Obama Gun Control Plan Faces Tough Road in Congress
"The real question that needs to be addressed is not what we do about guns, but what we do to make our schools safer," Keene told "CBS This Morning."
Senate Majority Leader Harry Reid, D-Nev., a gun-rights backer who has been supported by the NRA in the past, responded cautiously, saying he was committed to ensuring the Senate considers legislation on gun violence early this year. He didn't endorse any of Obama's proposals.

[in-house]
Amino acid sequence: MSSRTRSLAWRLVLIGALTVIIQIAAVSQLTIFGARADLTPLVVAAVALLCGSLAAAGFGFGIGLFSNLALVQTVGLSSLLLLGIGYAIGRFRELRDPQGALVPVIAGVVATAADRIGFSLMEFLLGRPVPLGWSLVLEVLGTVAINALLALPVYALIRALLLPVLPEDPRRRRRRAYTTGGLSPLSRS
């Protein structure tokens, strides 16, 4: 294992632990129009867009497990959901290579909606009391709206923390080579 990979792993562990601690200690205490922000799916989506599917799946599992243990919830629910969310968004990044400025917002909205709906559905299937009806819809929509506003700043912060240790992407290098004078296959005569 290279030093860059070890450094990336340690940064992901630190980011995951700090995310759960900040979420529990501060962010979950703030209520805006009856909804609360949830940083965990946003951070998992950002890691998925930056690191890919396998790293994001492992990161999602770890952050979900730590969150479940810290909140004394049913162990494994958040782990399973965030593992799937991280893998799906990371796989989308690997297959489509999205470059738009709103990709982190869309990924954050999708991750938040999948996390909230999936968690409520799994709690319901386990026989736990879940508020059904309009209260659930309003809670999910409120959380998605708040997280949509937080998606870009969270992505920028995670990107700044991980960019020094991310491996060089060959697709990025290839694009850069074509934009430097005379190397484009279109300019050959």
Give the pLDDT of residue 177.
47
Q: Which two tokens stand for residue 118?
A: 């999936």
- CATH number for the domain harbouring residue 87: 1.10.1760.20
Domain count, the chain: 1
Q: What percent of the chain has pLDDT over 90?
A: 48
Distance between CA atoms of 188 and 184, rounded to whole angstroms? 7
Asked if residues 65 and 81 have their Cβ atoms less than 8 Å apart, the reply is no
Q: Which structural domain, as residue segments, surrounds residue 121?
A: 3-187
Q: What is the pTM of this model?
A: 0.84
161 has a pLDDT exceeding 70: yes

Despite the uncertainty on Capitol Hill and opposition from the powerful NRA, outside groups are encouraged by polling showing public support for changes to the law. They intend to try to harness that sentiment to pressure lawmakers.
A lopsided 84 percent of Americans back broader background checks, according to a new Associated Press-GfK poll. Nearly 6 in 10 Americans want stricter gun laws, the same poll showed, with majorities favoring a nationwide ban on military-style weapons.
"Now it's up to us," said Dan Gross, president of the Brady Campaign. He said his group would be working "to bring that voice to bear in this process, because without that it's not going to happen."